9. You are quite correct as officially there is no such thing as a “no fail” policy. In fact, it is a myth.
  10. This allows the Minister of Education to stand in the town square and honestly proclaim, “The Department of Education does not have a no-fail policy.”

“Taught for 34 years in HRSB. Watched the board and staff cripple youth so that the former could perpetuate a fallacy of “success”. Staff who spoke out against it were silenced. A member of our “leadership team” said to me once when I protested, ” Our job is not to prepare them for the work world; our job is just to get them across that stage.”

“I’ve often been told to find ‘one thing’ that the student can do at the end of the year, with one on one assistance that will allow him/her to move on! I protest, I protest, I protest but Johnny moves on”!

“The truth can be twisted simply by saying a “no-fail policy” does not exist. That is true, in the sense that the name does not exist. However, as a policy we are not allowed to retain students”.

“They refused to hold back our child after we told them that’s what was best for him! School refused”!

“I had a teacher tell me last year when my son was in grade 6 that he wouldn’t fail because they don’t fail kids anymore. I was surprised to hear her say that”.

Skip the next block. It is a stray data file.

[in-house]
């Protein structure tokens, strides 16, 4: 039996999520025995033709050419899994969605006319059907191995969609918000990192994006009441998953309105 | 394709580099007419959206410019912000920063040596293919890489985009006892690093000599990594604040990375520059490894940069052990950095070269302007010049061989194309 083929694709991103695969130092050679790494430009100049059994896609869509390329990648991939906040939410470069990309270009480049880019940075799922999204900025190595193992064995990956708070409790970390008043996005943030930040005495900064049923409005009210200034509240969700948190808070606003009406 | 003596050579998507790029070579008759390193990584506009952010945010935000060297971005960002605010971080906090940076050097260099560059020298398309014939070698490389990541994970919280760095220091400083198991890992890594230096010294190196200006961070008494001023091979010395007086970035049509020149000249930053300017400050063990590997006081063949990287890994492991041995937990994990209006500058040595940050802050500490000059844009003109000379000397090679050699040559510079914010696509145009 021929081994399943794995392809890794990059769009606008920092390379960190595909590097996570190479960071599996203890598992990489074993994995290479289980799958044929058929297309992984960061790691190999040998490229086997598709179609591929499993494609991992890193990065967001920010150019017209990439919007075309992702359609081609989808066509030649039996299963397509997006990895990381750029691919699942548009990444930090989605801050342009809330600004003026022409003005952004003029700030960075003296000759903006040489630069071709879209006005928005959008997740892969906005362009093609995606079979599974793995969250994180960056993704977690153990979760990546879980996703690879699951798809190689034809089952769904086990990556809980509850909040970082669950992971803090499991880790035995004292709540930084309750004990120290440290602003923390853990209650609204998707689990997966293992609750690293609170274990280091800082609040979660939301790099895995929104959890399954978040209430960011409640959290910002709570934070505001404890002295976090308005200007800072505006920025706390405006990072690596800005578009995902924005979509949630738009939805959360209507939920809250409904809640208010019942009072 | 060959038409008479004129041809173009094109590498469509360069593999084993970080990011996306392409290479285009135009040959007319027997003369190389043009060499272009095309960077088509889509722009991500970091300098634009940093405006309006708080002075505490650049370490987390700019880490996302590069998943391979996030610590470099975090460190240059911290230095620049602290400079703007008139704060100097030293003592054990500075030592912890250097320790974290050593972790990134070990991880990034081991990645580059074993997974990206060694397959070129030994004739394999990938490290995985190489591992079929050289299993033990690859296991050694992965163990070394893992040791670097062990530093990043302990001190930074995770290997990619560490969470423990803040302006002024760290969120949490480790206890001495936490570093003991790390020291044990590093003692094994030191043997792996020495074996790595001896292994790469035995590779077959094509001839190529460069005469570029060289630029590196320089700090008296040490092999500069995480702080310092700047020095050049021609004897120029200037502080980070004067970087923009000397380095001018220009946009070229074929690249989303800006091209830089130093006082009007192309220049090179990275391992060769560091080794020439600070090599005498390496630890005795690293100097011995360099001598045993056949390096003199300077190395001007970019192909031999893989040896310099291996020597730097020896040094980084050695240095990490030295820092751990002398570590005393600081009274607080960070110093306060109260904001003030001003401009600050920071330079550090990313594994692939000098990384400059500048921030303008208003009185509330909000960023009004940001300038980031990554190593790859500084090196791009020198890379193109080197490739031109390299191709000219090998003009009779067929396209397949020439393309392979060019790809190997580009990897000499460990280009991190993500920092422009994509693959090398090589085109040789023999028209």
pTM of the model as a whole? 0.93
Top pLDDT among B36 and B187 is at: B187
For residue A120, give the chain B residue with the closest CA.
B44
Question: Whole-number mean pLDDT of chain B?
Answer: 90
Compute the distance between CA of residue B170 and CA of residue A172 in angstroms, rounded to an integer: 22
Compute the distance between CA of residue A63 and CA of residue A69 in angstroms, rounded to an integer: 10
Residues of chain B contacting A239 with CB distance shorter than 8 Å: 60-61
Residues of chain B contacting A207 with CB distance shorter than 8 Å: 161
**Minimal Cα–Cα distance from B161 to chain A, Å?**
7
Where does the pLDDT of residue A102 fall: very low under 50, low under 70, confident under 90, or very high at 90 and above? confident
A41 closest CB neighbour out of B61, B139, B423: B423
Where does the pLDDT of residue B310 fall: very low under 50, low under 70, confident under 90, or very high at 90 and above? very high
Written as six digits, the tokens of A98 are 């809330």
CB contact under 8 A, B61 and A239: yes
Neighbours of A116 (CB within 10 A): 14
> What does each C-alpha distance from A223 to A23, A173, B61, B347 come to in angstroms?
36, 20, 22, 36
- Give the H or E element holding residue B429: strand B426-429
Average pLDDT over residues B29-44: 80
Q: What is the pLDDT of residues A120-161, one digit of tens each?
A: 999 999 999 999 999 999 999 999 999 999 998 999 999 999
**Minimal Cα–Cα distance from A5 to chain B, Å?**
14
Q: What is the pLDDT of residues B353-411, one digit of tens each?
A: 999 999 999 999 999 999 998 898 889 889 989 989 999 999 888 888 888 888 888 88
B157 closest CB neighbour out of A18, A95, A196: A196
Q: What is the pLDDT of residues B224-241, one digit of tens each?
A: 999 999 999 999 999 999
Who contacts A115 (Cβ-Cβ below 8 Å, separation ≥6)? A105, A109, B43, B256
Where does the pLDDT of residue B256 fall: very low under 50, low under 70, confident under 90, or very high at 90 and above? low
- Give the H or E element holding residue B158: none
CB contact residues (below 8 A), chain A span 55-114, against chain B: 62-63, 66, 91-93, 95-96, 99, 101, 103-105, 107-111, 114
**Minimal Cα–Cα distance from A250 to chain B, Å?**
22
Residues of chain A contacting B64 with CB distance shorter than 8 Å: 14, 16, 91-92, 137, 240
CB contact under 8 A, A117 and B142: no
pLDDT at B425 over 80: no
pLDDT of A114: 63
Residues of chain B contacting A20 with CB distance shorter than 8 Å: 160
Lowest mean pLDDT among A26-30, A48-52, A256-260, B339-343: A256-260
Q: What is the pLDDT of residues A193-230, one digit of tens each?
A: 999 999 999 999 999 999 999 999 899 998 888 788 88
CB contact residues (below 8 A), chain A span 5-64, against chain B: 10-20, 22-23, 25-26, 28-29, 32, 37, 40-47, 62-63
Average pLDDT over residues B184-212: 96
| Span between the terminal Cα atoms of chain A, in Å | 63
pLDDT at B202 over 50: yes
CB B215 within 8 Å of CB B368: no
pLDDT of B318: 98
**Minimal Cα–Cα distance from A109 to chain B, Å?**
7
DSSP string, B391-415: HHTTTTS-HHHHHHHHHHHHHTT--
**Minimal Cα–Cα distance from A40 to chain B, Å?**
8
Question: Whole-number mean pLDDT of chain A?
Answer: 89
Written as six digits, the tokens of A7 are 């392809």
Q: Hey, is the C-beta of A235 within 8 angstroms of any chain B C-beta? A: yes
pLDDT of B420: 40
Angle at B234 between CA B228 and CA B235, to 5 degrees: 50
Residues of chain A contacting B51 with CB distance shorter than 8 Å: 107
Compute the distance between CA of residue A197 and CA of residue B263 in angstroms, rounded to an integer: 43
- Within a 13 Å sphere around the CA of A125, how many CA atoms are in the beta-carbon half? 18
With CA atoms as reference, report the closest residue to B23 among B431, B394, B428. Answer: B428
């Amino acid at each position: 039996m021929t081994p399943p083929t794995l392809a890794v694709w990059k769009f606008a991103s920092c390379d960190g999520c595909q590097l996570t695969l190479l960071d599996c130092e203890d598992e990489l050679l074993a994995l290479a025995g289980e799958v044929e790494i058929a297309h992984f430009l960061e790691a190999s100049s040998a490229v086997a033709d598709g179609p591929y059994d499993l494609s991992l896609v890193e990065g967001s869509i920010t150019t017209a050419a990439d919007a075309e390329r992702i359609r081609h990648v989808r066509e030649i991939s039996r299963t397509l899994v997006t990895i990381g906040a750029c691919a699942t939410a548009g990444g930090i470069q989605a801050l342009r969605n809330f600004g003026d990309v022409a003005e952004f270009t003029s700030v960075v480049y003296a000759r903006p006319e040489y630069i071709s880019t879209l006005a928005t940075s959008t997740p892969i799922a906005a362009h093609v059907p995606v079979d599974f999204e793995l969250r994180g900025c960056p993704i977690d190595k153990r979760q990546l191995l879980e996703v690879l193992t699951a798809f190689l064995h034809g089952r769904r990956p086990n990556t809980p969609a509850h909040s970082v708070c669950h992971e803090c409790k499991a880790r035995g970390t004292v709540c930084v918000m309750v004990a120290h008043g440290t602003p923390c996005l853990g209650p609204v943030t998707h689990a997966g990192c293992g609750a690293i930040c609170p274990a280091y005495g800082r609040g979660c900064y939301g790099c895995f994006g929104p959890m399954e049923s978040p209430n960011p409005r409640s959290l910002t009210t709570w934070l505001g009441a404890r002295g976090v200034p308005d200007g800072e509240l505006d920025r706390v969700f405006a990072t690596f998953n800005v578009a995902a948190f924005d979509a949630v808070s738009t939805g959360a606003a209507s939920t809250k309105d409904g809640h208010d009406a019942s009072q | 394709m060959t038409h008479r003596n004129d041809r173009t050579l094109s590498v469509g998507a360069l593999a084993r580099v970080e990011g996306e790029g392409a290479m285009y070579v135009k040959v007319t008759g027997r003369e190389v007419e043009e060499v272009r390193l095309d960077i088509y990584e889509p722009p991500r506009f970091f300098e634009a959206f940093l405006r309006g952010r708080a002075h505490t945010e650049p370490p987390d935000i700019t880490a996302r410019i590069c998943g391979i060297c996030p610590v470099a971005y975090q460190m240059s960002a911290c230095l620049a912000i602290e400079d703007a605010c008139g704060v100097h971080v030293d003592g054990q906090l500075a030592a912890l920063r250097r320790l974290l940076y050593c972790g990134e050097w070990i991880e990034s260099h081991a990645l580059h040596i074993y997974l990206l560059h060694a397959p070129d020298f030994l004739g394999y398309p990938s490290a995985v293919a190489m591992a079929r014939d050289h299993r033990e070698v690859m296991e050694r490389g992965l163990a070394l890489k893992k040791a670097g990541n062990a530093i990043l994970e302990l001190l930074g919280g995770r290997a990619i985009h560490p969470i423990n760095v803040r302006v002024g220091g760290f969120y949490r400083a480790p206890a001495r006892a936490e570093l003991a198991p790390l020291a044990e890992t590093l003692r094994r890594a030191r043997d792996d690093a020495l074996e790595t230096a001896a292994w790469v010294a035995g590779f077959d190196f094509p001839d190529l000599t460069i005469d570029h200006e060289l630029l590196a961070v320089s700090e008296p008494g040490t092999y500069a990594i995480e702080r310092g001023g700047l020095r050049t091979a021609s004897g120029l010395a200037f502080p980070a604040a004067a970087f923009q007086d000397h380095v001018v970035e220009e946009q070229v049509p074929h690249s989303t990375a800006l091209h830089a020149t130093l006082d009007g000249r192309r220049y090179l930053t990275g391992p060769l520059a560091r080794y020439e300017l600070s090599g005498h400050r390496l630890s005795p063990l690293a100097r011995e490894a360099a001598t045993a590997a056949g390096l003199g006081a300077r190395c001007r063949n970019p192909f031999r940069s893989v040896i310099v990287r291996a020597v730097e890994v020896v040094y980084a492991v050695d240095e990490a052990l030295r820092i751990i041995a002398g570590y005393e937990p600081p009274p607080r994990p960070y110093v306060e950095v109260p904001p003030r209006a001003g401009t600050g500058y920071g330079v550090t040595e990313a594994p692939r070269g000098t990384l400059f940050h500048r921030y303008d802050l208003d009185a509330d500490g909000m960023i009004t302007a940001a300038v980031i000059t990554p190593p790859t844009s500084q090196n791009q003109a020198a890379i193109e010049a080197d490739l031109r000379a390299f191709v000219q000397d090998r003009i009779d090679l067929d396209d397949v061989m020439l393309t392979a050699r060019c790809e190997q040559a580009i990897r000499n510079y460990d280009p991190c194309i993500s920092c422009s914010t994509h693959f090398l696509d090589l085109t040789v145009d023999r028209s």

“I spent less than 4 months in school in both grade 9 and grade 10, wrote no exams, did hardly any work during my time there and still passed both years. If there is no “no fail” policy, how the heck did I manage that”?


Myth 2:

The True Casualties of Work To Rule

“I know that there was a lot of alarming information put out there during the last conflict but be assured, that is not the norm. For the last while students and their activities have been put on the back burner by the job action. The money that was available because of the day of strike by the teachers should go to help those children. They were the true casualty of the job action and now will be the priority”.

Margaret Miller-MLA for Hants East


True Casualties of The Nova Scotia Government

The true casualties in our education system, are all other children. Government gave the one day strike savings of $3.4 million dollars to sports teams, sports uniforms/jerseys and road trips. Children who are without support, EPA’s, are waiting months and even years for assessments, kids who have no desks to sit in due to overcrowded classes, and Teachers, who do not have material and supplies including textbooks, to teach the curriculum. These are the true casualties.


Myth 3:

Teachers are greedy. They make more money than other government employees, don’t work Christmas break, March break, and have July and August off.